Most people don't take snapshots of the little things. The used Band-Aid, the guy at the gas station, the wasp on the Jell-O. But these are the things that make up the true picture of our lives. People don't take pictures of these things.
A beautifully calibrated script which hits moments of genuine cinematic virtuosity. Romanek, having cut his teeth on the music video scene for over a decade prior to this feature clearly has a hungry to create the best feature he could muster. His direction is slick and though I felt the family dynamic and a couple of peripheral characters took away from the movie's plausibility, Robin Williams gives what might be his most heart-breaking performance. The victim…
All molested children are sociopaths. Noted.
robin williams plays an AMAZING creepy guy. this film had me cringing from secondhand embarrassment/awkwardness at times, but it was only because of the amazing performance robin williams delivered throughout the whole thing. to think this man played off his funny guy persona (which definitely fit him) when this performance literally might outshine the rest of his other performances.. wish i could see more from him :(
Did it fulfill its aim? 7/10
Robin Williams is brilliant in this film, he plays a role I've never seen him in, although apart from him and one of the policemen characters the rest were pretty weak. The plot was very interesting although certain things were left unanswered. The direction was good and it moved well from scene to scene. It's a thriller film and there were definitely a few moments where I was shocked and surprised. Definitely didn't see the end explanation coming.
Robin Williams is phenom in the character. Cannot believe he is a humorous guy. He's very apt for the role.
There was a thrilling, scary element all throughout though Williams' intention was to totally help the family.
The climax photo was a complete shocker, he was great in every shot. The music was brilliant, the angles were great. Loved it.
It's hard to describe One Hour Photo in simple terms because, in my opinion, it's a film deserving of deeper analysis than it's been afforded. There's a lot going on underneath the surface, and there is an incredibly interesting social critique bubbling beneath Sey's generally calm demeanor.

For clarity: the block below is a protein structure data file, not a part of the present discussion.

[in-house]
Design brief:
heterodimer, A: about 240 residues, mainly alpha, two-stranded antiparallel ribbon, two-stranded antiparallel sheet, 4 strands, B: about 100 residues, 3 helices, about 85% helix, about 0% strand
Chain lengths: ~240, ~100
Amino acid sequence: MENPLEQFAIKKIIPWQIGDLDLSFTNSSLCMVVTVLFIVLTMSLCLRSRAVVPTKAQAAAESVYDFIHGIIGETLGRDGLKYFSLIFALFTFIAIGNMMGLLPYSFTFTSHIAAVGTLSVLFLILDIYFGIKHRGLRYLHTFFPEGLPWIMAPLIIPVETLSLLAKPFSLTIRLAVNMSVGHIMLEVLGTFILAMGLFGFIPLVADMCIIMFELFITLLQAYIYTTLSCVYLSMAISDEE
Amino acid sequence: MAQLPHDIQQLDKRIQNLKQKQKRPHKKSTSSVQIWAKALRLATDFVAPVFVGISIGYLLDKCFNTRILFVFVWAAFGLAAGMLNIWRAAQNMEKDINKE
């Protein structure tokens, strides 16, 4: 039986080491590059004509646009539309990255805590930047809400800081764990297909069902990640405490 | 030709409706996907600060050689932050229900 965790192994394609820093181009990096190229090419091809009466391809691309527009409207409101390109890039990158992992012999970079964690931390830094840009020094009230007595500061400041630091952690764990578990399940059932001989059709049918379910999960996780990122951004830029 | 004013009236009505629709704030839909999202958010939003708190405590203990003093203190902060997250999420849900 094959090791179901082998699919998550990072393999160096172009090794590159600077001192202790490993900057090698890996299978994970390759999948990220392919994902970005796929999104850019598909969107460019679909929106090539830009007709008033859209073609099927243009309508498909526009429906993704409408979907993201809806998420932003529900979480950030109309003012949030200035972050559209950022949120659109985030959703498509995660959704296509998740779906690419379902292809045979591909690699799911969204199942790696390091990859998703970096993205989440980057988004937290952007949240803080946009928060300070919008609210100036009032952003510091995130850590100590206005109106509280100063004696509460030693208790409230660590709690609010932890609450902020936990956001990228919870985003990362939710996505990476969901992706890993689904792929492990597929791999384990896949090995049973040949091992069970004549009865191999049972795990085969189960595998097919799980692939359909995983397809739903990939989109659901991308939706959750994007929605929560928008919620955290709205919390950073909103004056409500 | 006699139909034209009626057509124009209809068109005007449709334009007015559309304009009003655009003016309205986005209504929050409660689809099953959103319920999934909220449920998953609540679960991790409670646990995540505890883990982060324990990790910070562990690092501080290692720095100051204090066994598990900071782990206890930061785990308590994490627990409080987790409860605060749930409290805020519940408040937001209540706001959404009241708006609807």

This is my second time seeing this film (first time logging it) and this time I was especially tantalized by the near Kubrickian level of sterility in most images. The store Sey works in is completely white, the clothes he wears are generally white with a shock of blue (both in his uniform and his slightly-too-large bag he carries). His apartment is white, except for his photo wall, the hotel walls and bathroom…
Ew. I feel like I desperately need a shower. Fantastic performances a really good score and an overall great told story. 4.5/5
I would agree with a bunch of people that this is more or psychological horror drama than a thriller. A very haunting and creepy film of a lonely man stalking a suburban family and obsessing over the photos he processes for people all the time. The direction, the acting, the score and my God, Robin Williams...man oh man. Not one second I was bored. Every minute was so haunting and creepy. This may be an unpopular opinion, but this is my fave performance of Williams...yes more than Good Will. This is a MUST SEE. Oh boy...
Arguably this film is horror film rather than a psychological thriller is because the thought of a lonely man wanting a family of his own is rather scary, disturbing and sad. One Hour Photo is a haunting and sorrowful film with wonderful creep factor and has arguably Robin Williams best role of his career. One Hour Photo just shows true horror of loneliness.
A big collection of films that might be considered as strange, mindfucking, surreal and weird. Sorted by year. Suggestions are…
Overweight, loveless, wood paneling, empty parking lots, basements, loners, madness, sadness, isolation, depression, fantasy, eccentric, filth, sleaze...
Charlie Kaufman, Todd…